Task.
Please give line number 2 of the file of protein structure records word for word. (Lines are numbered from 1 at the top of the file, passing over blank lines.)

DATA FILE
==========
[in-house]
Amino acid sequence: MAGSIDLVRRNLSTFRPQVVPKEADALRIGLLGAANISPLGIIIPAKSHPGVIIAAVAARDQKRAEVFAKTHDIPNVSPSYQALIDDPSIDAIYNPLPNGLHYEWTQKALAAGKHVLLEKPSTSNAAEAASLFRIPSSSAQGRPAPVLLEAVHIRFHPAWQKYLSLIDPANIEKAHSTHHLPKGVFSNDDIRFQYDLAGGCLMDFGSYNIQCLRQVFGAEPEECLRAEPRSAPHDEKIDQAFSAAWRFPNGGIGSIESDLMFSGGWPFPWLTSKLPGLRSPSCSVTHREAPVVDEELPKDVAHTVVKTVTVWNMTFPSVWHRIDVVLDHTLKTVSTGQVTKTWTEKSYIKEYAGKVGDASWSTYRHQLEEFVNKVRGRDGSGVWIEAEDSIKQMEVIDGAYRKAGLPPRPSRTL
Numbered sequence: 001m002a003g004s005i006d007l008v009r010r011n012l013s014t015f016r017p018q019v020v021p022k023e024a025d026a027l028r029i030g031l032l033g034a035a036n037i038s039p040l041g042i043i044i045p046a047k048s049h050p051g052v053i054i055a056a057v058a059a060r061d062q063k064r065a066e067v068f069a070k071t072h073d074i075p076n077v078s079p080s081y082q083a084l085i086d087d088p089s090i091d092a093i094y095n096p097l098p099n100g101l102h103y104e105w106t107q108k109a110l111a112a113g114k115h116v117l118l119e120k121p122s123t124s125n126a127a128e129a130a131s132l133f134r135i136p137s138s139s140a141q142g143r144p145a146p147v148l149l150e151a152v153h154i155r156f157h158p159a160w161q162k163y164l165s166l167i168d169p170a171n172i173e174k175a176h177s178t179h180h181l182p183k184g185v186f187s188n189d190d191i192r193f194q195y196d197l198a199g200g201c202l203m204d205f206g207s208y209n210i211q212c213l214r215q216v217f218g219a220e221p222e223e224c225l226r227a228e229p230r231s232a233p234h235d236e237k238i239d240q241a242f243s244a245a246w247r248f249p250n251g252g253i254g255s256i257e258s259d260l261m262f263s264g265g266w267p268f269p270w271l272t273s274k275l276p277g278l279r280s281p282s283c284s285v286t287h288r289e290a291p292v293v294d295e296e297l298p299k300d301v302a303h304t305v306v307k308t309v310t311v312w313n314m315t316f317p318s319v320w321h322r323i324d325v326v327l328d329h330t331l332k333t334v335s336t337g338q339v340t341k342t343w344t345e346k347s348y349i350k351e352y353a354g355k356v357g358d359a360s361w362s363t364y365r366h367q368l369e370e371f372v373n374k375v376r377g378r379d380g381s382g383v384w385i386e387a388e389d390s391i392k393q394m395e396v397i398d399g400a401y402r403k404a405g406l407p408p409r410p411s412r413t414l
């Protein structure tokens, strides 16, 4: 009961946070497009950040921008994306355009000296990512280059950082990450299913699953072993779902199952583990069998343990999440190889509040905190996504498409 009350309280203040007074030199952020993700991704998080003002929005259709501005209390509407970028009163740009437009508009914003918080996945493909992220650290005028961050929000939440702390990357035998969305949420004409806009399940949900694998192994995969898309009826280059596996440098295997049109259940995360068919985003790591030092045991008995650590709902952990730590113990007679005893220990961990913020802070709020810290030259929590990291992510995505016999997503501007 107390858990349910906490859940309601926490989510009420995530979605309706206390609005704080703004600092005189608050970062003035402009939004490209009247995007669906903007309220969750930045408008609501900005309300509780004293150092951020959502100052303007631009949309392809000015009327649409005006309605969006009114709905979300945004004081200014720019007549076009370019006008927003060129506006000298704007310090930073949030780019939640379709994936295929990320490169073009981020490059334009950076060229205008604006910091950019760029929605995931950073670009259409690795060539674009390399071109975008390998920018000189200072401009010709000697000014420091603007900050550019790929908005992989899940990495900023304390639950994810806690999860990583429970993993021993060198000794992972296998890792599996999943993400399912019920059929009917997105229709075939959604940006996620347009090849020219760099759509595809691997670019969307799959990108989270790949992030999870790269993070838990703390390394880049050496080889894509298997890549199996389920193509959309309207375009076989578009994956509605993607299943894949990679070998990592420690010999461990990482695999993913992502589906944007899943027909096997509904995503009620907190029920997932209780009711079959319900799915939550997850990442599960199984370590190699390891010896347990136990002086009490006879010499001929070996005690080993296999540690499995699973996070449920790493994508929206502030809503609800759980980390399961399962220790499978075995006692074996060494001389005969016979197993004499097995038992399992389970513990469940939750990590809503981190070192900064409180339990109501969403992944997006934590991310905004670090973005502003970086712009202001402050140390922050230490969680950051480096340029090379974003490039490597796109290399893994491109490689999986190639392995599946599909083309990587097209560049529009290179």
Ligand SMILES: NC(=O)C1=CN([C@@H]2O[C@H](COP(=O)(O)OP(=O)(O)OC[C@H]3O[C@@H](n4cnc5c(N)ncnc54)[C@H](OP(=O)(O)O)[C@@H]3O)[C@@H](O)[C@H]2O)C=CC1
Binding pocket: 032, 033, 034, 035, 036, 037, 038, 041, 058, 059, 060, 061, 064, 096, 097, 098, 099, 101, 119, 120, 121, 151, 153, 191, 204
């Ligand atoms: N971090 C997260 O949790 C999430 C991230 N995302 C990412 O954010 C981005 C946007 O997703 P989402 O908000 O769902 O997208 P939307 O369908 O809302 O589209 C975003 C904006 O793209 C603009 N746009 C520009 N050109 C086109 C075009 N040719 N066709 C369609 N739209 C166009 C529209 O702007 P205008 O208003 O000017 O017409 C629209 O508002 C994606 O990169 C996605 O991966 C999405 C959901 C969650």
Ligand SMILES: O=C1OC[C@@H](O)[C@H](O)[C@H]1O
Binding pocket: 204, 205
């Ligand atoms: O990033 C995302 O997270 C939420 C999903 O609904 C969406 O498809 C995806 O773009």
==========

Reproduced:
Amino acid sequence: MAGSIDLVRRNLSTFRPQVVPKEADALRIGLLGAANISPLGIIIPAKSHPGVIIAAVAARDQKRAEVFAKTHDIPNVSPSYQALIDDPSIDAIYNPLPNGLHYEWTQKALAAGKHVLLEKPSTSNAAEAASLFRIPSSSAQGRPAPVLLEAVHIRFHPAWQKYLSLIDPANIEKAHSTHHLPKGVFSNDDIRFQYDLAGGCLMDFGSYNIQCLRQVFGAEPEECLRAEPRSAPHDEKIDQAFSAAWRFPNGGIGSIESDLMFSGGWPFPWLTSKLPGLRSPSCSVTHREAPVVDEELPKDVAHTVVKTVTVWNMTFPSVWHRIDVVLDHTLKTVSTGQVTKTWTEKSYIKEYAGKVGDASWSTYRHQLEEFVNKVRGRDGSGVWIEAEDSIKQMEVIDGAYRKAGLPPRPSRTL